Denver and the World of Water Treatment

Last week I mentioned that I would be traveling to Denver to do some work in a field I am not so familiar with. Well, I returned yesterday after what I would consider a very successful and interesting trip. The intent was to go out there and do some standard training, but as with many of these things, I ended up learning as much as I taught.

Water treatment falls under the category of “stuff” as I mentioned last week. As such, much of the control revolves around motors and valves, in this case very large ones. In the world of machine building that I am most familiar with, a large motor may be 20-50 HP or so and run on 3 phase 480 volt power. In process control and water treatment in particular, motors may be 500-1000HP or more and run at 4160 VAC! This involves much more than simply turning the motor on and off and controlling speed. Special care must be taken with current consumption, safety and power distribution.

In water treatment, electrical utilities and traffic control systems there is also a central SCADA aspect that must be accounted for. While control components are usually local to the devices and actuators being controlled, there is usually a central facility that can monitor all of the facilities in a geographic area. Generally there are operators at most facilities that monitor and control the local equipment, but in some cases the central control needs the capability of overriding a system that is far away from physical access to the facility. In the case of the facility I was at, there are parts of the water system that are over a two-hour drive away from the central office.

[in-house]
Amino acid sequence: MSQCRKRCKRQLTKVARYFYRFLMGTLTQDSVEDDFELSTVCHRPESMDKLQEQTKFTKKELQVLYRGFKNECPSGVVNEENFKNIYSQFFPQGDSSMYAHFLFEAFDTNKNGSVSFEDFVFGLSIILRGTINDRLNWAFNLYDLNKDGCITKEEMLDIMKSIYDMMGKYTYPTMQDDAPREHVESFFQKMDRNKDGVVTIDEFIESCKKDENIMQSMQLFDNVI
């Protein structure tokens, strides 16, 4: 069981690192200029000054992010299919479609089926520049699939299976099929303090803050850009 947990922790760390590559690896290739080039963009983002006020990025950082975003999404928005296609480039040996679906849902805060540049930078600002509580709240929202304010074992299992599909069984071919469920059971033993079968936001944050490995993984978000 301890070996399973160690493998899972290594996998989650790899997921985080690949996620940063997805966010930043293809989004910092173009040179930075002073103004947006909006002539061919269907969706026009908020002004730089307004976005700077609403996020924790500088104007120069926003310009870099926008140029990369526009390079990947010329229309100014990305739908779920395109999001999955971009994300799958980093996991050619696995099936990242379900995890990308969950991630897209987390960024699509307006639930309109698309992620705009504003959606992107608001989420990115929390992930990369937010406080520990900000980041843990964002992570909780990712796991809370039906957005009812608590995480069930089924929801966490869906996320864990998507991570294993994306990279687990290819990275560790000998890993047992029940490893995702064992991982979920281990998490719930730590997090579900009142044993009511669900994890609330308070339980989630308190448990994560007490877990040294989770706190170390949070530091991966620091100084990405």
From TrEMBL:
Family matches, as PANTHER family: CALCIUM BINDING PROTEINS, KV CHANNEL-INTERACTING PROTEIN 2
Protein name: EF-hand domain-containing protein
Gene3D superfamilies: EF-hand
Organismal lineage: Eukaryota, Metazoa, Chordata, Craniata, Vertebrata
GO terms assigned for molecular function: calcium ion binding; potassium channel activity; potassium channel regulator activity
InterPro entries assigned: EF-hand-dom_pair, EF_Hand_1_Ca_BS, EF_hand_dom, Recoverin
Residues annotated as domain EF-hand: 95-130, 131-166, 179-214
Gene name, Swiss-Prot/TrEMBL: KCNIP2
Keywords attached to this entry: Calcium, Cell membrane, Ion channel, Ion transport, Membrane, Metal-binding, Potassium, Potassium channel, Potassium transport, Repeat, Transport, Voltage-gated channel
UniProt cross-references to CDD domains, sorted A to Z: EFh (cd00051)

In addition, most of the I/O in the system is analog. This involves a lot of PID loops with analog sensors and proportional valves. For large processes, this is often done with DCS (Distributed Control System) controllers, but PLC controls were used in this case.

The engineers and technicians who operate and maintain the equipment know far more about their processes, programs and equipment than I ever will, since they deal with it every day and have for years. What they often need is training on the full capabilities of the hardware and software that is used in the system. Fortunately I am used to learning how processes operate and interpreting programming written by others. Much of the programming used in this system was written by large engineering firms that specialize in this type of equipment. Since these companies provide similar equipment to many different customers, much of the programming design uses a template style. This can be difficult to interpret; it may (or may not…) be the most efficient way to write a program from the vendor’s standpoint, but is rarely the most user-friendly method. This can make the program difficult to modify. It is also usually not very well documented since that costs extra time that the customer and vendor may not have accounted for.

This is where bringing in an outside contractor for training or integration help can be helpful long after the original system is installed. Engineers and technicians who work with a system every day are very capable of doing the work to improve a system, but they don’t always have the time required due to their other duties. They also may not be familiar with techniques that can be borrowed from other industries. That’s where I can be helpful, and I am enjoying learning new techniques as I also get to indulge my travel bug.

Are you exposed to new techniques and ways of doing things in your job?

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  1. […] which has made me consider presenting some custom classes as required. About a month ago I did a class in Denver for a water treatment plant. The original intent was to teach the beginning and advanced Allen-Bradley ControlLogix PLC classes […]

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